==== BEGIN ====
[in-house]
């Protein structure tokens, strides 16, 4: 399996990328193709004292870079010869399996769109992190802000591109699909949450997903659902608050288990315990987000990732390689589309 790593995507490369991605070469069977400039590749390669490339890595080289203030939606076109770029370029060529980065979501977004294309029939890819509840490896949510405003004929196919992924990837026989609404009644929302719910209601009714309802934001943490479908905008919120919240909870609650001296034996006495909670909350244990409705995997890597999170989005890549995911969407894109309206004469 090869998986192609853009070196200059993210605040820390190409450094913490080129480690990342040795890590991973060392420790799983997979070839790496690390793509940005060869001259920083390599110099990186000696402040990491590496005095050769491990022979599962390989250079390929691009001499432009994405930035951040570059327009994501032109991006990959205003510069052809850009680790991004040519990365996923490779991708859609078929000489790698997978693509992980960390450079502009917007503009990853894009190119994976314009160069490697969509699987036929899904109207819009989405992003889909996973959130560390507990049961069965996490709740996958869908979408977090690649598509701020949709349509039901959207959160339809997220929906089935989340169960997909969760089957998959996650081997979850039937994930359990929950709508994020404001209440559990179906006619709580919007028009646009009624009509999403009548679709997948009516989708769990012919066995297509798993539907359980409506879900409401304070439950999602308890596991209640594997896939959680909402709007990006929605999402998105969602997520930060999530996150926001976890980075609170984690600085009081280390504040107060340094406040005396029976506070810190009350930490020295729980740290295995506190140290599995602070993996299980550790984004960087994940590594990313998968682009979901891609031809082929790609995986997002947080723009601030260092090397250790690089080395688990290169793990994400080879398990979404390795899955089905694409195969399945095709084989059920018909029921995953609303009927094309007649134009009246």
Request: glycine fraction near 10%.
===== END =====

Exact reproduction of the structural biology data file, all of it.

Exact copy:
[in-house]
């Protein structure tokens, strides 16, 4: 399996990328193709004292870079010869399996769109992190802000591109699909949450997903659902608050288990315990987000990732390689589309 790593995507490369991605070469069977400039590749390669490339890595080289203030939606076109770029370029060529980065979501977004294309029939890819509840490896949510405003004929196919992924990837026989609404009644929302719910209601009714309802934001943490479908905008919120919240909870609650001296034996006495909670909350244990409705995997890597999170989005890549995911969407894109309206004469 090869998986192609853009070196200059993210605040820390190409450094913490080129480690990342040795890590991973060392420790799983997979070839790496690390793509940005060869001259920083390599110099990186000696402040990491590496005095050769491990022979599962390989250079390929691009001499432009994405930035951040570059327009994501032109991006990959205003510069052809850009680790991004040519990365996923490779991708859609078929000489790698997978693509992980960390450079502009917007503009990853894009190119994976314009160069490697969509699987036929899904109207819009989405992003889909996973959130560390507990049961069965996490709740996958869908979408977090690649598509701020949709349509039901959207959160339809997220929906089935989340169960997909969760089957998959996650081997979850039937994930359990929950709508994020404001209440559990179906006619709580919007028009646009009624009509999403009548679709997948009516989708769990012919066995297509798993539907359980409506879900409401304070439950999602308890596991209640594997896939959680909402709007990006929605999402998105969602997520930060999530996150926001976890980075609170984690600085009081280390504040107060340094406040005396029976506070810190009350930490020295729980740290295995506190140290599995602070993996299980550790984004960087994940590594990313998968682009979901891609031809082929790609995986997002947080723009601030260092090397250790690089080395688990290169793990994400080879398990979404390795899955089905694409195969399945095709084989059920018909029921995953609303009927094309007649134009009246």
Request: glycine fraction near 10%.